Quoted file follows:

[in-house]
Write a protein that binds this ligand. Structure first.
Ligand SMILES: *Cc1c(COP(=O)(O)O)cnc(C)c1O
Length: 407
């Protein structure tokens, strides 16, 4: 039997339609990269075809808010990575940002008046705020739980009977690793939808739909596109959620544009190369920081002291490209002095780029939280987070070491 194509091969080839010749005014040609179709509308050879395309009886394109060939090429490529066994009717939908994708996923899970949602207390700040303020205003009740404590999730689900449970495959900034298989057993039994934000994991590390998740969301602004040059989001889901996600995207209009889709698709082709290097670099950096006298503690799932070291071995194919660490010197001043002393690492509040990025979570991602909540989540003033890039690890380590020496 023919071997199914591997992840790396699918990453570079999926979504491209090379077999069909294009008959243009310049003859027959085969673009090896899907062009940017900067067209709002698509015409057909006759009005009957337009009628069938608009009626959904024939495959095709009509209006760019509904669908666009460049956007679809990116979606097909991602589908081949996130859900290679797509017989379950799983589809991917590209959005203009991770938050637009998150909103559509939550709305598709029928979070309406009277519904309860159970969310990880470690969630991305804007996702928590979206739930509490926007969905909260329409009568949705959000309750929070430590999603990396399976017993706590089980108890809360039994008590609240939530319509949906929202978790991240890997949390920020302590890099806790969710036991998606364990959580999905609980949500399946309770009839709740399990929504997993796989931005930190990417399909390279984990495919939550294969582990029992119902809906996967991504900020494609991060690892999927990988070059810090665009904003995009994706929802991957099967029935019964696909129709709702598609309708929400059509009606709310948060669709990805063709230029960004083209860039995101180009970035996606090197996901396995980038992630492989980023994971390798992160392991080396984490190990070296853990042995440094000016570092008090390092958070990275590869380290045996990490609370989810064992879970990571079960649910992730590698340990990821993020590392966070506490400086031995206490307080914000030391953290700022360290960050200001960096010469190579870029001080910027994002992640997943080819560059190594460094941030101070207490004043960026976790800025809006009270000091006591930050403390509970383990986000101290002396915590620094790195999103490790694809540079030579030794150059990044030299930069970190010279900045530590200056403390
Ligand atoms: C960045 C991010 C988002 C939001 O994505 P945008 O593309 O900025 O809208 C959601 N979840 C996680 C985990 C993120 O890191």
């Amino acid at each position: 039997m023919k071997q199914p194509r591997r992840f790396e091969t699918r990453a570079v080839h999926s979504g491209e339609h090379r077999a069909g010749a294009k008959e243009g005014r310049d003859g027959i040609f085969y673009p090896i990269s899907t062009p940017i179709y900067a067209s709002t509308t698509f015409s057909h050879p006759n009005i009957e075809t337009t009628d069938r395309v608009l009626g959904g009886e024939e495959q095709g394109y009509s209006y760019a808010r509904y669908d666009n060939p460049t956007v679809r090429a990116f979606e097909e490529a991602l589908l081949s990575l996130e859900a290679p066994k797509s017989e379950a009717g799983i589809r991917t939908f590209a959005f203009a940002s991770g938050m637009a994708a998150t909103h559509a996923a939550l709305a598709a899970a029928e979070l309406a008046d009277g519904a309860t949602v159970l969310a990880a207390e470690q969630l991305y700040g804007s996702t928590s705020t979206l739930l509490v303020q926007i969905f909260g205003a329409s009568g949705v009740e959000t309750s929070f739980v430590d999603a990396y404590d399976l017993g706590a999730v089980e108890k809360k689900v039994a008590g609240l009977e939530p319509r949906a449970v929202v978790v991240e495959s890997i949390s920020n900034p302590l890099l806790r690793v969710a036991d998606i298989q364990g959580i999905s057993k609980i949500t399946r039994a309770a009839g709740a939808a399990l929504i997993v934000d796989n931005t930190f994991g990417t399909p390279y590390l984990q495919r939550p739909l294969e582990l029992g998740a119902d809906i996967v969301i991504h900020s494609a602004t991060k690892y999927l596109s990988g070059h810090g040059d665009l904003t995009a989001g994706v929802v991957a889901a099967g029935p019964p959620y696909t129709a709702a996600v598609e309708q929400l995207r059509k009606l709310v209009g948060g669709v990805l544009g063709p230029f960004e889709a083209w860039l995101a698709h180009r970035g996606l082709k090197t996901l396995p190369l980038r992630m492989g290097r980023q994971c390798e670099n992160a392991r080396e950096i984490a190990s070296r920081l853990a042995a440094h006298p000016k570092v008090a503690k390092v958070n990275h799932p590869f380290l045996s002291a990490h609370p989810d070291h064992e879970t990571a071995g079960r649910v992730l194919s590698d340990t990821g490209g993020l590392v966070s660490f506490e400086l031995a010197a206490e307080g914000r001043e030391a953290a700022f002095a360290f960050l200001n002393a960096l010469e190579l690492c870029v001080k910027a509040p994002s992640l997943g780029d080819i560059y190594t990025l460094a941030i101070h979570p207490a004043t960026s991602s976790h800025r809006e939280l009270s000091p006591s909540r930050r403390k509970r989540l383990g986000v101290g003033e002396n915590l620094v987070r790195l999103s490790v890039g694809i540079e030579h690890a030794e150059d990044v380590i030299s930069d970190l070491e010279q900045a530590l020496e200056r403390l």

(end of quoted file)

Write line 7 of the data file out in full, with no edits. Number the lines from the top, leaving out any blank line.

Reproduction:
């Amino acid at each position: 039997m023919k071997q199914p194509r591997r992840f790396e091969t699918r990453a570079v080839h999926s979504g491209e339609h090379r077999a069909g010749a294009k008959e243009g005014r310049d003859g027959i040609f085969y673009p090896i990269s899907t062009p940017i179709y900067a067209s709002t509308t698509f015409s057909h050879p006759n009005i009957e075809t337009t009628d069938r395309v608009l009626g959904g009886e024939e495959q095709g394109y009509s209006y760019a808010r509904y669908d666009n060939p460049t956007v679809r090429a990116f979606e097909e490529a991602l589908l081949s990575l996130e859900a290679p066994k797509s017989e379950a009717g799983i589809r991917t939908f590209a959005f203009a940002s991770g938050m637009a994708a998150t909103h559509a996923a939550l709305a598709a899970a029928e979070l309406a008046d009277g519904a309860t949602v159970l969310a990880a207390e470690q969630l991305y700040g804007s996702t928590s705020t979206l739930l509490v303020q926007i969905f909260g205003a329409s009568g949705v009740e959000t309750s929070f739980v430590d999603a990396y404590d399976l017993g706590a999730v089980e108890k809360k689900v039994a008590g609240l009977e939530p319509r949906a449970v929202v978790v991240e495959s890997i949390s920020n900034p302590l890099l806790r690793v969710a036991d998606i298989q364990g959580i999905s057993k609980i949500t399946r039994a309770a009839g709740a939808a399990l929504i997993v934000d796989n931005t930190f994991g990417t399909p390279y590390l984990q495919r939550p739909l294969e582990l029992g998740a119902d809906i996967v969301i991504h900020s494609a602004t991060k690892y999927l596109s990988g070059h810090g040059d665009l904003t995009a989001g994706v929802v991957a889901a099967g029935p019964p959620y696909t129709a709702a996600v598609e309708q929400l995207r059509k009606l709310v209009g948060g669709v990805l544009g063709p230029f960004e889709a083209w860039l995101a698709h180009r970035g996606l082709k090197t996901l396995p190369l980038r992630m492989g290097r980023q994971c390798e670099n992160a392991r080396e950096i984490a190990s070296r920081l853990a042995a440094h006298p000016k570092v008090a503690k390092v958070n990275h799932p590869f380290l045996s002291a990490h609370p989810d070291h064992e879970t990571a071995g079960r649910v992730l194919s590698d340990t990821g490209g993020l590392v966070s660490f506490e400086l031995a010197a206490e307080g914000r001043e030391a953290a700022f002095a360290f960050l200001n002393a960096l010469e190579l690492c870029v001080k910027a509040p994002s992640l997943g780029d080819i560059y190594t990025l460094a941030i101070h979570p207490a004043t960026s991602s976790h800025r809006e939280l009270s000091p006591s909540r930050r403390k509970r989540l383990g986000v101290g003033e002396n915590l620094v987070r790195l999103s490790v890039g694809i540079e030579h690890a030794e150059d990044v380590i030299s930069d970190l070491e010279q900045a530590l020496e200056r403390l």